Article in English | MEDLINE | ID: covidwho-2050543

ABSTRACT

Several factors related to anti-spike(S) IgG antibody titers after mRNA COVID-19 vaccination have been elucidated, but the magnitude of the effects of each factor has not been fully understood. This cross-sectional study assessed anti-S and anti-nucleocapsid (N) antibody titers on 3744 healthy volunteers (median age, 36 years; IQR, 24-49 years; females, 59.0%) who received two doses of mRNA-1273 or BNT162b2 vaccine and completed a survey questionnaire. Multiple regression was conducted to identify factors associated with antibody titers. All but one participant tested positive for anti-S antibodies (99.97%). The following factors were independently and significantly associated with high antibody titer: < 3 months from vaccination (ratio of means 4.41); mRNA-1273 vaccine (1.90, vs BNT162b2); anti-N antibody positivity (1.62); age (10's: 1.50, 20's: 1.37, 30's: 1.26, 40's: 1.16, 50's: 1.15, vs ≧60's); female (1.07); immunosuppressive therapy (0.54); current smoking (0.85); and current drinking (0.96). The largest impact on anti-S IgG antibody titers was found in elapsed time after vaccination, followed by vaccine brand, immunosuppressants, previous SARS-CoV-2 infection (anti-N antibody positive), and age. Although the influence of adverse reactions after the vaccine, gender, smoking, and drinking was relatively small, they were independently related factors.


Subject(s)
COVID-19 Vaccines , COVID-19 , Immunoglobulin G , 2019-nCoV Vaccine mRNA-1273/administration & dosage , 2019-nCoV Vaccine mRNA-1273/adverse effects , 2019-nCoV Vaccine mRNA-1273/immunology , Adult , BNT162 Vaccine/administration & dosage , BNT162 Vaccine/adverse effects , BNT162 Vaccine/immunology , COVID-19/epidemiology , COVID-19/prevention & control , COVID-19 Vaccines/administration & dosage , COVID-19 Vaccines/adverse effects , COVID-19 Vaccines/immunology , Cross-Sectional Studies , Female , Healthy Volunteers , Humans , Immunization Schedule , Immunoglobulin G/blood , Immunosuppressive Agents , Japan/epidemiology , Male , Middle Aged , Seroepidemiologic Studies , Vaccination , Young Adult
8.
Farm Hosp ; 46(3): 152-156, 2022 03 04.
Article in English | MEDLINE | ID: covidwho-2046387

ABSTRACT

OBJECTIVE: To analyze the local and systemic reactions that appeared after the first and second dose of the BNT162b2 vaccine against COVID­19 (Pfizer- BioNTech) in a sample of workers from a tertiary hospital, and to identify the  factors related to greater vaccine reactogenicity. METHOD: A self-administered questionnaire was used to interview 291 workers  from a tertiary hospital who received the BNT162b2 vaccine against COVID-19  between January and March 2021. The questionnaire included questions about  the sociodemographic variables of the participants, previous COVID-19  infection, and local and systemic reactions after the first and second dose of  the vaccine. RESULTS: The most common adverse reaction was soreness at the injection site, which was reported more frequently after the first dose of the  vaccine. The systemic reactions evaluated were reported more frequently after the second dose of the vaccine. Women, younger adults, and  subjects with a prior COVID-19 infection reported increased reactogenicity. Furthermore, high reactogenicity after the first dose was found  to be related to a higher number of adverse reactions after the second dose of  the vaccine. CONCLUSIONS: The distribution of reactogenicity in the present study is consistent with the data reported in previous studies on the BNT162b2 vaccine, especially in terms of its association with the participants'  characteristics. These findings could facilitate the identification of people at a  higher risk of developing high reactogenicity to the vaccine, thereby making it  possible to anticipate the appearance of adverse reactions and plan for their  treatment.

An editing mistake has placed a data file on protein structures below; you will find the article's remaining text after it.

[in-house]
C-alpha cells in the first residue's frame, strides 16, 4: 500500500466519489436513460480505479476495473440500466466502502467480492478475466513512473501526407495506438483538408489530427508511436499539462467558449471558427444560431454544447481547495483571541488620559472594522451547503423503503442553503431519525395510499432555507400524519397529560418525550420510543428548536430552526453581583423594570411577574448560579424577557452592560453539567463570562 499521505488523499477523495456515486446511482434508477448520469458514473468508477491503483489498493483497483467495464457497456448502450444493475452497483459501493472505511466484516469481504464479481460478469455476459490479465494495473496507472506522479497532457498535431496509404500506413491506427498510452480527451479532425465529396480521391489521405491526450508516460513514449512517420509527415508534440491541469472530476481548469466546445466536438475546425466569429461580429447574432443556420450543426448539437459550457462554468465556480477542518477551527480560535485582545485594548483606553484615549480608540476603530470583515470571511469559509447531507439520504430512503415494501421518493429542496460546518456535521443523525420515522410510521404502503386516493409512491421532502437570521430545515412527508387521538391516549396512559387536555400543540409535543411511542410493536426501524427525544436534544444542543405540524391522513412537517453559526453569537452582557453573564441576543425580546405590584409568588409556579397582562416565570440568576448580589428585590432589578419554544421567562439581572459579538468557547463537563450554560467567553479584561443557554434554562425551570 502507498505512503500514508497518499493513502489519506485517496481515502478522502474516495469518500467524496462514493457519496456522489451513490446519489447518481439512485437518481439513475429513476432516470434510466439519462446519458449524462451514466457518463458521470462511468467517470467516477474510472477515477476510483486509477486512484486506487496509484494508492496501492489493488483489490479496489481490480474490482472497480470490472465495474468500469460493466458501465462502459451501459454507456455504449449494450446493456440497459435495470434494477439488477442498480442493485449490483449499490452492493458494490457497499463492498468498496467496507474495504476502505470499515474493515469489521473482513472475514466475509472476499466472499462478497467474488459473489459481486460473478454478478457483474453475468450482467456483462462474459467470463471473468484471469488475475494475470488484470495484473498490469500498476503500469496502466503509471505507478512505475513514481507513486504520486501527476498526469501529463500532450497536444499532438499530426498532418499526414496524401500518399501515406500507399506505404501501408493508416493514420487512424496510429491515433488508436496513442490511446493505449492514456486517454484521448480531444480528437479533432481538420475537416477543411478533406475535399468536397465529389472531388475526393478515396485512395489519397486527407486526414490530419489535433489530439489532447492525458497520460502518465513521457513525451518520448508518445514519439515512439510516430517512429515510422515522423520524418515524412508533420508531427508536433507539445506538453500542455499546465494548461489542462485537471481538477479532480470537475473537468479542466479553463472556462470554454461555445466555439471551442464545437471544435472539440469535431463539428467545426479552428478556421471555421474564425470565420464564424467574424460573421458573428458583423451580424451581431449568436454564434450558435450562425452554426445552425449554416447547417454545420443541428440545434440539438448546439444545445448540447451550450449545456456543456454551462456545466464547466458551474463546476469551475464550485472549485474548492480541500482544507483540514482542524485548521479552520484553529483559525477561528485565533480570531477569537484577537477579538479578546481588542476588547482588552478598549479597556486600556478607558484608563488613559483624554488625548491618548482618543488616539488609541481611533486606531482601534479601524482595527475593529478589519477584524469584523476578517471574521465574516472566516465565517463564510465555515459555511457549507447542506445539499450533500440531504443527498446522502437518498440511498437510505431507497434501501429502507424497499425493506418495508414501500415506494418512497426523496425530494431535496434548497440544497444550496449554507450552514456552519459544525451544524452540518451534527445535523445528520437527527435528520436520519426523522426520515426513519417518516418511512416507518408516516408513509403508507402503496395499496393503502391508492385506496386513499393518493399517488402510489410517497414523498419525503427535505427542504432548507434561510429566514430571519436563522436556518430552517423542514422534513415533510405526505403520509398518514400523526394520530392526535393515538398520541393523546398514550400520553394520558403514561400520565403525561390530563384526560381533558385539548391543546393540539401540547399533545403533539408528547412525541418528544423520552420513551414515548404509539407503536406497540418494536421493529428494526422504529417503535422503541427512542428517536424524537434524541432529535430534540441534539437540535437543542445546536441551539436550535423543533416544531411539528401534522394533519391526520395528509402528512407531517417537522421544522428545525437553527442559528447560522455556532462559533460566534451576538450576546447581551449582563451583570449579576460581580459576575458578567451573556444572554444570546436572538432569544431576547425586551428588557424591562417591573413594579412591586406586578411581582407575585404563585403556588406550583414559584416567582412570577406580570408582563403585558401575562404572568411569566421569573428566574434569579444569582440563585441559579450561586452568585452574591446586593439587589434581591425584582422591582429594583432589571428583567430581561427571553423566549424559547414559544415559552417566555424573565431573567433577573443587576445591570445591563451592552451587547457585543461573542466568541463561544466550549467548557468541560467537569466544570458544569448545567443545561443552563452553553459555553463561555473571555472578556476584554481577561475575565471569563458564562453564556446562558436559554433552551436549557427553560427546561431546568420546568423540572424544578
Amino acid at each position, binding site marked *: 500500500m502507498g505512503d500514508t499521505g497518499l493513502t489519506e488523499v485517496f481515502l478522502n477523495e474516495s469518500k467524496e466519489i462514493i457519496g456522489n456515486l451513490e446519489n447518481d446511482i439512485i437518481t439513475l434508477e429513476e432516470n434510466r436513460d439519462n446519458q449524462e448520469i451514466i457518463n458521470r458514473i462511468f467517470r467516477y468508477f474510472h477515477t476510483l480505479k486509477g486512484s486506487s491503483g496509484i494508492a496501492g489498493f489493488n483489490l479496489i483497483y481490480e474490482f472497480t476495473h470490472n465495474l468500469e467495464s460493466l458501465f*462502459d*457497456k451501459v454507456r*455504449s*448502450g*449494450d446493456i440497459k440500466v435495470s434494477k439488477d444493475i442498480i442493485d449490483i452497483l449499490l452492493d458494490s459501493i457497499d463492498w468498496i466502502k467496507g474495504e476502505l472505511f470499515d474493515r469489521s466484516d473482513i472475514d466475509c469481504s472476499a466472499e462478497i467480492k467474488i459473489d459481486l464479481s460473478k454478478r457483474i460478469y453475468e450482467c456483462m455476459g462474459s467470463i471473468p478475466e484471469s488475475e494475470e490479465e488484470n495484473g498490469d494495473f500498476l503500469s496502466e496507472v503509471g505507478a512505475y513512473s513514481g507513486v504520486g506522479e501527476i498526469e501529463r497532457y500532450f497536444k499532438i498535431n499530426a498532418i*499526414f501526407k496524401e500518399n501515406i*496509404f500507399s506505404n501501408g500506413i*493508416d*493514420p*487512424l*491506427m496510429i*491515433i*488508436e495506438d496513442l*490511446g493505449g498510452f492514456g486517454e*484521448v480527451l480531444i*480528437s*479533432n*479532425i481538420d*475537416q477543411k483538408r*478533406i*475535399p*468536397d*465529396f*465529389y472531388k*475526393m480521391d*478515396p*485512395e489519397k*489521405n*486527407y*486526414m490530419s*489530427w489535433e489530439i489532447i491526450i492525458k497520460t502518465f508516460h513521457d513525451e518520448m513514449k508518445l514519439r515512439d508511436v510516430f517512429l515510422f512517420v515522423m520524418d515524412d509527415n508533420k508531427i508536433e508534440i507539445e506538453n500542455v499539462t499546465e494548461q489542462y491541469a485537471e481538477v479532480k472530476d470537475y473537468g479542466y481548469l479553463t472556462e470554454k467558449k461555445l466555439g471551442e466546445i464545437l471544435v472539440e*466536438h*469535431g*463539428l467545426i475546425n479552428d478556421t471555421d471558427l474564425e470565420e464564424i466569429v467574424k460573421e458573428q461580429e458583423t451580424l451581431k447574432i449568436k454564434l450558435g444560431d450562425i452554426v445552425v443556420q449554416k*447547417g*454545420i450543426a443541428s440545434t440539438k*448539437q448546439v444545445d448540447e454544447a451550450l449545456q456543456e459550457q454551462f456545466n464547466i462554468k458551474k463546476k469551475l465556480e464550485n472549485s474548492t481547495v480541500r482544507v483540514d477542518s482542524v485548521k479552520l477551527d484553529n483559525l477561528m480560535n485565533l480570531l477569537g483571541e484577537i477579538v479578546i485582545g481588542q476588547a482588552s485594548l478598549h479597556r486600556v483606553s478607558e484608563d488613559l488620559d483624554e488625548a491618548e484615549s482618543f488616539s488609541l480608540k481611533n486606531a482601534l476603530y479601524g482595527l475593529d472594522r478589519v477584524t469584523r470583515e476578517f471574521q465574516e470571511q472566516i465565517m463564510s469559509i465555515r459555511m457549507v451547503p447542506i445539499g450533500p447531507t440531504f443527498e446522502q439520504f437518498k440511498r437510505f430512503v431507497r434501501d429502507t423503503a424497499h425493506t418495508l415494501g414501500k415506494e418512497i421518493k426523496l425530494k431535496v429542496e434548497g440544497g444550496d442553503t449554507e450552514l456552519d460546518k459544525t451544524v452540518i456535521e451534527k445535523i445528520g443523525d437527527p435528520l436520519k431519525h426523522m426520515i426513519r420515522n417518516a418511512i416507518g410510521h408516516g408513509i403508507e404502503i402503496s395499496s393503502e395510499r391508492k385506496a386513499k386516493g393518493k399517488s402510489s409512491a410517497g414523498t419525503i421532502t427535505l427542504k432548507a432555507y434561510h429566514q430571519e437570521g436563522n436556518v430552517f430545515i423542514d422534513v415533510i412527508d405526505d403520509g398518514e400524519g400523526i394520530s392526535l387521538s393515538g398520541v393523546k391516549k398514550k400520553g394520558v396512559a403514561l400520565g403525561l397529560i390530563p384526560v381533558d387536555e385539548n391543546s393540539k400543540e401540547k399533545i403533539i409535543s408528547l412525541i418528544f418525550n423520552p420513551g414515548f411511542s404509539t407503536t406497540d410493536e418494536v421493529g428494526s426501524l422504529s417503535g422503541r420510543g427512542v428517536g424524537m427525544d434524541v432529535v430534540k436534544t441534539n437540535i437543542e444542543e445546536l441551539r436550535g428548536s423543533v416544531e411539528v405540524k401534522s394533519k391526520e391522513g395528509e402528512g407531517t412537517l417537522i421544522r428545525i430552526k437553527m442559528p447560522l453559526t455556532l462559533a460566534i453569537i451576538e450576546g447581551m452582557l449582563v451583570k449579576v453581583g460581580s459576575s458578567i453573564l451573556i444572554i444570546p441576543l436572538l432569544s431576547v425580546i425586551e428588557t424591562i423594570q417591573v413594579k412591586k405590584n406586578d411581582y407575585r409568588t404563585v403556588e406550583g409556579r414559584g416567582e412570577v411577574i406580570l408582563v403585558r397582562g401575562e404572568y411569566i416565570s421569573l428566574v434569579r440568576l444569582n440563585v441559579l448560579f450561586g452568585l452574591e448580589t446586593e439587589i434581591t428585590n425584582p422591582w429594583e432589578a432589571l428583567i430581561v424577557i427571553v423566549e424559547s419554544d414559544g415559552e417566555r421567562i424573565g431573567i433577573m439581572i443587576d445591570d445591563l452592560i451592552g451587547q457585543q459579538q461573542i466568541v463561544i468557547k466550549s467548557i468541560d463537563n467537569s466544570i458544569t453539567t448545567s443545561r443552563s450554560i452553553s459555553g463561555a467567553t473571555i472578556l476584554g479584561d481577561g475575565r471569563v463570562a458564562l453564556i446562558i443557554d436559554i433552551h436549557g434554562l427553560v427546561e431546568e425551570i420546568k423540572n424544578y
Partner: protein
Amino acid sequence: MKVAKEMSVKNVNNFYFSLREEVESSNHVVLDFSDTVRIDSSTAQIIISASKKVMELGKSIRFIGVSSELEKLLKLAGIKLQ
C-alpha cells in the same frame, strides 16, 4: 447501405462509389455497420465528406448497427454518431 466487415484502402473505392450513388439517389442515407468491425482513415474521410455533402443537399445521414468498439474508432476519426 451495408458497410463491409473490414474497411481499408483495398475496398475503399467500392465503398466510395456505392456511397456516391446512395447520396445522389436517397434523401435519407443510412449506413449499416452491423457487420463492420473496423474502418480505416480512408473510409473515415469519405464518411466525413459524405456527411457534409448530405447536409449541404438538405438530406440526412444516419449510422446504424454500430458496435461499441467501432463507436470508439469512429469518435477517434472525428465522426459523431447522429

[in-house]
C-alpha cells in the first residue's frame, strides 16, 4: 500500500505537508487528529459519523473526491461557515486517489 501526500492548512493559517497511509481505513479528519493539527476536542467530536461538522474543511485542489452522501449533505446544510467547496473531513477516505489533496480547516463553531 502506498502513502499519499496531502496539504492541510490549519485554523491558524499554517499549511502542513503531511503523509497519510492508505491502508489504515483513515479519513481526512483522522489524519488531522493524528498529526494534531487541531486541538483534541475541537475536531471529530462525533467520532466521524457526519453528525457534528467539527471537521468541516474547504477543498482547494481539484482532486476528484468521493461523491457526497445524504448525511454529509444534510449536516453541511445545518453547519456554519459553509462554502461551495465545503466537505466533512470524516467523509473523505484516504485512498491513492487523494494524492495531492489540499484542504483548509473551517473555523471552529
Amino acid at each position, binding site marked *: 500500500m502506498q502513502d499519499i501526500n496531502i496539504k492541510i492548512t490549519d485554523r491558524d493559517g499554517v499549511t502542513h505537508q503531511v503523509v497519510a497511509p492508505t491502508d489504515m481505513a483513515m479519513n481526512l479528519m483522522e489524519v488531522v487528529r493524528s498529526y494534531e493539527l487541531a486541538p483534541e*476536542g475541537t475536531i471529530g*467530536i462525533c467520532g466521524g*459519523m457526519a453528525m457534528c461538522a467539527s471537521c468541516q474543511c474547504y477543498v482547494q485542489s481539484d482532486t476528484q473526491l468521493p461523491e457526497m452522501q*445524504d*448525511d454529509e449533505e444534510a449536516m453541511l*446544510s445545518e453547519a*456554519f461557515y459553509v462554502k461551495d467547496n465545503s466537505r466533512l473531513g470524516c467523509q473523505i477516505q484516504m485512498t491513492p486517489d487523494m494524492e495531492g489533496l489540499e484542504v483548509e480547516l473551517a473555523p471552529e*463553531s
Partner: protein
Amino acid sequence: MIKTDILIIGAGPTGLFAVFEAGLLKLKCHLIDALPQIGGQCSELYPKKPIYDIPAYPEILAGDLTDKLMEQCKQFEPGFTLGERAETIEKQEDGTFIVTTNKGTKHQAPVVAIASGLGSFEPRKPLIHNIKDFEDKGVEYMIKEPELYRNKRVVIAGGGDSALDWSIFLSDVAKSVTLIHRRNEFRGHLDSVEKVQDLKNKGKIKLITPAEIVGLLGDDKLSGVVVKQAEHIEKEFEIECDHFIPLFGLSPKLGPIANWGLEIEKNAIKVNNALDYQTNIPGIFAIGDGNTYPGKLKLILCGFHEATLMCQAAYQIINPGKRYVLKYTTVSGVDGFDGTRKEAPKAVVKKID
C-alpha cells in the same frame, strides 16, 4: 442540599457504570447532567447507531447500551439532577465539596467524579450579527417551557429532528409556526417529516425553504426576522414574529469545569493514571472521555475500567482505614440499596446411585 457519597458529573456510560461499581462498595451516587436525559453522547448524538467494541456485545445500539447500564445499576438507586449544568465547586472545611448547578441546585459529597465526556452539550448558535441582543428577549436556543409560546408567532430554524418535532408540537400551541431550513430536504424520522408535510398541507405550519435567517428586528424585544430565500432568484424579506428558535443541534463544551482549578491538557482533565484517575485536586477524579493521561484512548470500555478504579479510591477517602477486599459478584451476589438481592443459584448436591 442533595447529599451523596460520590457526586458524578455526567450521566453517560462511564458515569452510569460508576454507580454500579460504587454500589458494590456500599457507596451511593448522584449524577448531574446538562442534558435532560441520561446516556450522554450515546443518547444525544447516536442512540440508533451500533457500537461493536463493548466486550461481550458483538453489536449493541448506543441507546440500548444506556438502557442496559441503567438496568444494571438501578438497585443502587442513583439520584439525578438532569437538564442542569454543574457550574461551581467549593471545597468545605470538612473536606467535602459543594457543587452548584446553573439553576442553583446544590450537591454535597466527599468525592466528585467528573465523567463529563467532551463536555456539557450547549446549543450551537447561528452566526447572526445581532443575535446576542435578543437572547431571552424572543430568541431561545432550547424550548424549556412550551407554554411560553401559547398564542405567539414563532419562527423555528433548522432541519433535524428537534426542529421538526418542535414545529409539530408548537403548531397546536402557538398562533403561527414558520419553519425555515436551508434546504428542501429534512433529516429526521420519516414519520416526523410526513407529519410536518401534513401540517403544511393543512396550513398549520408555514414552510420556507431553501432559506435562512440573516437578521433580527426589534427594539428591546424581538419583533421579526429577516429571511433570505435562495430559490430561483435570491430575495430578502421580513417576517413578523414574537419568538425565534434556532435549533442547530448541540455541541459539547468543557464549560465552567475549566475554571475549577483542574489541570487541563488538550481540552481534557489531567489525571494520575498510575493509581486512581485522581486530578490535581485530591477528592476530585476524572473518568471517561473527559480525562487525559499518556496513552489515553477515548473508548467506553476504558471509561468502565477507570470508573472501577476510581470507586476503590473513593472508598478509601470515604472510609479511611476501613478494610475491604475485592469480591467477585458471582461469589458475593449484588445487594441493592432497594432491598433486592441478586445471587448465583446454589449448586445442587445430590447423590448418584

OBJETIVO: Analizar las reacciones locales y sistémicas aparecidas tras la  primera y segunda dosis de la vacuna BNT162b2 (Pfizer-BioNTech) frente a  COVID-19 en una muestra de trabajadores de un hospital de tercer nivel, e  identificar los factores relacionados con una mayor reactogenicidad a la  vacuna.Método: Se empleó un cuestionario autoadministrado para entrevistar a 291  trabajadores de un hospital de tercer nivel que recibieron la vacuna BNT162b2  frente a COVID-19 entre enero y marzo de 2021. El cuestionario incluyó  preguntas acerca de las variables sociodemográficas de los participantes,  infección previa de COVID-19 y las reacciones locales y sistémicas tras la  primera y segunda dosis de la vacuna. RESULTADOS: La reacción más comúnmente informada fue el dolor en el lugar  de la inyección, siendo más frecuente tras la primera dosis de la vacuna. Las  reacciones sistémicas evaluadas se informaron con mayor frecuencia tras la  segunda dosis de la vacuna. Las mujeres, los adultos más jóvenes y las  personas con una infección previa por COVID-19 notificaron una mayor  reactogenicidad. Además, una alta reactogenicidad tras la primera dosis estuvo relacionada con un mayor número de reacciones adversas tras la segunda  dosis de la vacuna. CONCLUSIONES: La distribución de la reactogenicidad en el presente estudio es  consistente con los datos reportados en los estudios realizados  con la vacuna  BNT162b2, especialmente en términos de asociación con las características de  los participantes. Estos hallazgos pueden facilitar la identificación de personas  con mayor probabilidad de presentar una alta reactogenicidad a la vacuna,  permitiéndonos anticipar su aparición y tratamiento.